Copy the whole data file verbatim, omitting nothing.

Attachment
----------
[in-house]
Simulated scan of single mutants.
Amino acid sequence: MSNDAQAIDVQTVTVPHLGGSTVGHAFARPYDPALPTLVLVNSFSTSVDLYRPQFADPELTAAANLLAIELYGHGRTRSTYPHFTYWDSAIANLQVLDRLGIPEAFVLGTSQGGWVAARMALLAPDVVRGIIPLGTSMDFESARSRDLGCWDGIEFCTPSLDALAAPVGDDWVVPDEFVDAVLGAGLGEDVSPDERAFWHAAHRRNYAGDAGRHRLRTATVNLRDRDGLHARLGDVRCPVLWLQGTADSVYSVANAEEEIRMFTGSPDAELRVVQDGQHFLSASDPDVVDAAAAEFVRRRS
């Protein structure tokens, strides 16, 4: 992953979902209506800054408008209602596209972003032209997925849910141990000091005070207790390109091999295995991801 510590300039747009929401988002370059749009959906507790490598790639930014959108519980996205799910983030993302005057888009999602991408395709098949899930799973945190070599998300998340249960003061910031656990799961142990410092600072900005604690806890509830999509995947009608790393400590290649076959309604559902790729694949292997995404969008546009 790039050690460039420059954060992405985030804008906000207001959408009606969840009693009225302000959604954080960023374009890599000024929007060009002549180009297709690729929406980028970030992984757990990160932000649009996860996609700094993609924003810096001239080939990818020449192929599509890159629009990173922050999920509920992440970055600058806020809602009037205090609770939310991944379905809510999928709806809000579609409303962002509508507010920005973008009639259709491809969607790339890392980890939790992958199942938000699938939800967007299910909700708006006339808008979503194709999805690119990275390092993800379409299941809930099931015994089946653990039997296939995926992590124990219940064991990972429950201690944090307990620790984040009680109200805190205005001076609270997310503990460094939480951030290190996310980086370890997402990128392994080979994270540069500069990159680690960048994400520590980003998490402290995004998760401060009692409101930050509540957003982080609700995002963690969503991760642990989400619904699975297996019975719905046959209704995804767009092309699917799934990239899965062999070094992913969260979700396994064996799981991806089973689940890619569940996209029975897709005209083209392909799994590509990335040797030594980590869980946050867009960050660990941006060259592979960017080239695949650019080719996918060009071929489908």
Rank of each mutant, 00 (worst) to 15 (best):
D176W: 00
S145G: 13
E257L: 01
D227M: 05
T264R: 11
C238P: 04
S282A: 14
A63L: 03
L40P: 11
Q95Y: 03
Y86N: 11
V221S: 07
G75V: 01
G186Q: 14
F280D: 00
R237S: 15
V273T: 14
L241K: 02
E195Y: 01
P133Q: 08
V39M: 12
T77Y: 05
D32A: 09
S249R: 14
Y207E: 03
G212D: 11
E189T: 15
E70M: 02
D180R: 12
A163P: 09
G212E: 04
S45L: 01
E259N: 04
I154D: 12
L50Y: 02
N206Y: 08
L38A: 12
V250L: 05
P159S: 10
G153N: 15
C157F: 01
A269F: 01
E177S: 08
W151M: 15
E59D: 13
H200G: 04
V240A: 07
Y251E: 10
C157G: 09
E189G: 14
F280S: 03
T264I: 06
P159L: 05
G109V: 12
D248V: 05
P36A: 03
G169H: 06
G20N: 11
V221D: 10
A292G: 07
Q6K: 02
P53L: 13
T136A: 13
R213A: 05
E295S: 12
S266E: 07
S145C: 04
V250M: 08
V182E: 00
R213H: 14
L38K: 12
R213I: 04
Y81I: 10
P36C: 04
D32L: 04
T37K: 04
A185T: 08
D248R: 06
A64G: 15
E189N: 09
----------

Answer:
[in-house]
Simulated scan of single mutants.
Amino acid sequence: MSNDAQAIDVQTVTVPHLGGSTVGHAFARPYDPALPTLVLVNSFSTSVDLYRPQFADPELTAAANLLAIELYGHGRTRSTYPHFTYWDSAIANLQVLDRLGIPEAFVLGTSQGGWVAARMALLAPDVVRGIIPLGTSMDFESARSRDLGCWDGIEFCTPSLDALAAPVGDDWVVPDEFVDAVLGAGLGEDVSPDERAFWHAAHRRNYAGDAGRHRLRTATVNLRDRDGLHARLGDVRCPVLWLQGTADSVYSVANAEEEIRMFTGSPDAELRVVQDGQHFLSASDPDVVDAAAAEFVRRRS
């Protein structure tokens, strides 16, 4: 992953979902209506800054408008209602596209972003032209997925849910141990000091005070207790390109091999295995991801 510590300039747009929401988002370059749009959906507790490598790639930014959108519980996205799910983030993302005057888009999602991408395709098949899930799973945190070599998300998340249960003061910031656990799961142990410092600072900005604690806890509830999509995947009608790393400590290649076959309604559902790729694949292997995404969008546009 790039050690460039420059954060992405985030804008906000207001959408009606969840009693009225302000959604954080960023374009890599000024929007060009002549180009297709690729929406980028970030992984757990990160932000649009996860996609700094993609924003810096001239080939990818020449192929599509890159629009990173922050999920509920992440970055600058806020809602009037205090609770939310991944379905809510999928709806809000579609409303962002509508507010920005973008009639259709491809969607790339890392980890939790992958199942938000699938939800967007299910909700708006006339808008979503194709999805690119990275390092993800379409299941809930099931015994089946653990039997296939995926992590124990219940064991990972429950201690944090307990620790984040009680109200805190205005001076609270997310503990460094939480951030290190996310980086370890997402990128392994080979994270540069500069990159680690960048994400520590980003998490402290995004998760401060009692409101930050509540957003982080609700995002963690969503991760642990989400619904699975297996019975719905046959209704995804767009092309699917799934990239899965062999070094992913969260979700396994064996799981991806089973689940890619569940996209029975897709005209083209392909799994590509990335040797030594980590869980946050867009960050660990941006060259592979960017080239695949650019080719996918060009071929489908």
Rank of each mutant, 00 (worst) to 15 (best):
D176W: 00
S145G: 13
E257L: 01
D227M: 05
T264R: 11
C238P: 04
S282A: 14
A63L: 03
L40P: 11
Q95Y: 03
Y86N: 11
V221S: 07
G75V: 01
G186Q: 14
F280D: 00
R237S: 15
V273T: 14
L241K: 02
E195Y: 01
P133Q: 08
V39M: 12
T77Y: 05
D32A: 09
S249R: 14
Y207E: 03
G212D: 11
E189T: 15
E70M: 02
D180R: 12
A163P: 09
G212E: 04
S45L: 01
E259N: 04
I154D: 12
L50Y: 02
N206Y: 08
L38A: 12
V250L: 05
P159S: 10
G153N: 15
C157F: 01
A269F: 01
E177S: 08
W151M: 15
E59D: 13
H200G: 04
V240A: 07
Y251E: 10
C157G: 09
E189G: 14
F280S: 03
T264I: 06
P159L: 05
G109V: 12
D248V: 05
P36A: 03
G169H: 06
G20N: 11
V221D: 10
A292G: 07
Q6K: 02
P53L: 13
T136A: 13
R213A: 05
E295S: 12
S266E: 07
S145C: 04
V250M: 08
V182E: 00
R213H: 14
L38K: 12
R213I: 04
Y81I: 10
P36C: 04
D32L: 04
T37K: 04
A185T: 08
D248R: 06
A64G: 15
E189N: 09